Society Social changes within contemporary Haredi society over the last few decades were not dictated by its leadership; instead, they resulted from ongoing encounters with Israel’s modern lifestyle. This process occurs at many levels, from merely walking
Mary Jane Kehily
New femininities suggest that young women, no longer content with subordinate status in the bedroom or on the periphery of youth cultures, appear to have found their voice as the 'can do' girls of neo-liberalism. Familiar tropes of new femininities position young women as agentic, goal-oriented, pleasure seeking individuals adept at reading the new world order and finding their place within it. Has femininity finally found a skin that fits or are there cracks in this unparalleled success story? The article examines this question intergenerationally by looking at young women's experience across time, specifically, as documented by feminist scholarship from the 1960s to the present and contrasting this with the experience of being a girl as articulated by three women in the same family—grandmother, mother, daughter. Analyses of these accounts provide an insightful commentary on social change and feminine subjectivity, highlighting continuity and change while pointing to the ever present contradictions of femininity that may be reshaped and reconfigured over generations.
Daniel P. Ritter
Western backers. The real-world implication of this has been that truly revolutionary social change is highly unlikely regardless of the existing geopolitical context: in countries backed by the West and economically incorporated into the capitalist global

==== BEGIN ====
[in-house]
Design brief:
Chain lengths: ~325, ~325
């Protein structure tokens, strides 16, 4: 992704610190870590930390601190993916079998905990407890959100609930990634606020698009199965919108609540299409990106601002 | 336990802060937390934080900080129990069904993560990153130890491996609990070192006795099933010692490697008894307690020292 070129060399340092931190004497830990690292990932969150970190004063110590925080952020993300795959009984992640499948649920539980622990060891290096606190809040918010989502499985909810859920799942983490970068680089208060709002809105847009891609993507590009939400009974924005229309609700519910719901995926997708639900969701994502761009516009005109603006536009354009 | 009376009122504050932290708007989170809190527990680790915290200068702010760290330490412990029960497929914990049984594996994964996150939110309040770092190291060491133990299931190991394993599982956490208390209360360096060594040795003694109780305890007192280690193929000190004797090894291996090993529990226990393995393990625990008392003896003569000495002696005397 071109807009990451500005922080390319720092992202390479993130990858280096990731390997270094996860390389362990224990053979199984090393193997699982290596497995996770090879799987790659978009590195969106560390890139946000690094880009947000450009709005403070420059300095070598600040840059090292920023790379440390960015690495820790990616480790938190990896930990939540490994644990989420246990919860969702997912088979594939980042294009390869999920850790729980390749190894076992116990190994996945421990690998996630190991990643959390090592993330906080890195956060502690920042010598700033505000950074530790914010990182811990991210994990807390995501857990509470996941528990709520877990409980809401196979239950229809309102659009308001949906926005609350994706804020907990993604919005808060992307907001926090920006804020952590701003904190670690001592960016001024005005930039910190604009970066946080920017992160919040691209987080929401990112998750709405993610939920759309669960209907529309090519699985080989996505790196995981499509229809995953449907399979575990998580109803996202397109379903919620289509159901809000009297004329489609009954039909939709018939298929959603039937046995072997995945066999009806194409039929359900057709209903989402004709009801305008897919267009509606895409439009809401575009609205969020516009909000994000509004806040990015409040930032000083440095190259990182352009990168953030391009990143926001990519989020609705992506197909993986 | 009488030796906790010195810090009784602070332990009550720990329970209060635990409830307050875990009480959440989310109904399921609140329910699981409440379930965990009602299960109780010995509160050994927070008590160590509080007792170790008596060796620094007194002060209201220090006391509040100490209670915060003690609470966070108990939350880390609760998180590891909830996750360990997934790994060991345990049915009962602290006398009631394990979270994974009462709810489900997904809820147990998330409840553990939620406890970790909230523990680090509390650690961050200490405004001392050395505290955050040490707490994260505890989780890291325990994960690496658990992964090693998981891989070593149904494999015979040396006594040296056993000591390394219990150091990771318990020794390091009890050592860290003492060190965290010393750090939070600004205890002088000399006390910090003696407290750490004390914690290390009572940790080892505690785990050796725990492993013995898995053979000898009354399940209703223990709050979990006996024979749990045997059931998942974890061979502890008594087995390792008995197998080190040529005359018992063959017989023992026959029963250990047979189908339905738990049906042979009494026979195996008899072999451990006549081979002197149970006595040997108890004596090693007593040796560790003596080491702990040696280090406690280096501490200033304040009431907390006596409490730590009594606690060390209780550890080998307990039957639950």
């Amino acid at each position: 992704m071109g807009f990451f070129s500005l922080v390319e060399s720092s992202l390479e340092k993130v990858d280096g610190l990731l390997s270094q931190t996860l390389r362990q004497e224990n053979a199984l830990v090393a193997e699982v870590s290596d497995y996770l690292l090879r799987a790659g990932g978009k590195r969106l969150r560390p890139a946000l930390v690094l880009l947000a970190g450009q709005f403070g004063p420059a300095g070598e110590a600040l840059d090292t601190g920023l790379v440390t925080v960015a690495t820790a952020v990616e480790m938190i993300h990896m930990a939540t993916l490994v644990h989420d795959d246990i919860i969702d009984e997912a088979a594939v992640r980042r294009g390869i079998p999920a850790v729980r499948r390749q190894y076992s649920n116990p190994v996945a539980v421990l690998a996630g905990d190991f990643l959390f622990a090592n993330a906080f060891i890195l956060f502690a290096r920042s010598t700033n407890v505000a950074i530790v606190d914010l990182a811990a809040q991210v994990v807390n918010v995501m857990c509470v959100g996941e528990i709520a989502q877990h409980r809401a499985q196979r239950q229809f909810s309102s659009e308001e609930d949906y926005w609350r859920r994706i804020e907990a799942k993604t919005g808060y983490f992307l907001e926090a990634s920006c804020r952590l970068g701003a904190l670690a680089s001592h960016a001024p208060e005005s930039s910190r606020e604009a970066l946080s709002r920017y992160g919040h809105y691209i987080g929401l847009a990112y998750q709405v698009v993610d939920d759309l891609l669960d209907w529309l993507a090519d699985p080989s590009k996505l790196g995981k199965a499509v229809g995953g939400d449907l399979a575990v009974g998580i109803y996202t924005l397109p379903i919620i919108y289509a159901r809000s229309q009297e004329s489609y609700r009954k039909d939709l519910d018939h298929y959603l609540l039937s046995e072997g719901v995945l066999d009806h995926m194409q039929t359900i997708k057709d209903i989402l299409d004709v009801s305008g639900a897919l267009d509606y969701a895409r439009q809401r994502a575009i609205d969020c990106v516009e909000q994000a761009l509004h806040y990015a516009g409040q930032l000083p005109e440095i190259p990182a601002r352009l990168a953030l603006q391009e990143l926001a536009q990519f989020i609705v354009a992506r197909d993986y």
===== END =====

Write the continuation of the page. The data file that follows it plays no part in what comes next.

The Impact on Iranian Elderly Social Networks and Care Systems
Mary Elaine Hegland, Zahra Sarraf, and Mohammad Shahbazi
Anthropological field research in Iran, mainly in the village of Aliabad and in nearby Shiraz in south-west Iran, has documented radical social, cultural, religious and economic change over the last 28 years. Increasing emphasis on the nuclear rather than the extended family and pressures for geographic and social mobility have profoundly influenced the lives of the elderly. The traditional family system of support for elders - with regard to emotional and social needs, as well as financial assistance and physical care - is breaking down. Social scientists, social workers and health personnel must focus on adequately addressing the needs and concerns of the Iranian elderly in the twenty-first century and on developing alternative systems to deal with key elderly issues of health, well-being and social incorporation.
Ritual, Social Change and Les Formes élémentaires de la vie religieuse
The article begins by examining Durkheim’s editorial role in the creation of Hubert and Mauss’s essay on sacrifice, published in his new journal, the Année sociologique, in 1899. It then brings out how, in Les Formes élémentaires de la vie religieuse, Durkheim operated both with an ‘official’ and a more or less ‘hidden’ theory of sacrifice, the first based on the approach in Hubert and Mauss’s essay, the second rooted in Durkheim’s earlier views and critical editorial comments on Hubert and Mauss’s ideas. In the process it brings out, through a detailed analysis of the work’s chapters specifically on sacrifice but also on piacular rites, tensions, ambiguities and cross-purposes in the work as a whole. These especially turn round Durkheim’s approach to violence and to the sacrificial offering or gift, and are also evident in his concern with different types of effervescence, the foundational and commemorative, as well as the ‘joyous’ and piacular. The article concludes by linking these tensions with issues at stake in Durkheim’s interest in the French Revolution and account of the role of effervescence in moments of rupture and fundamental social change.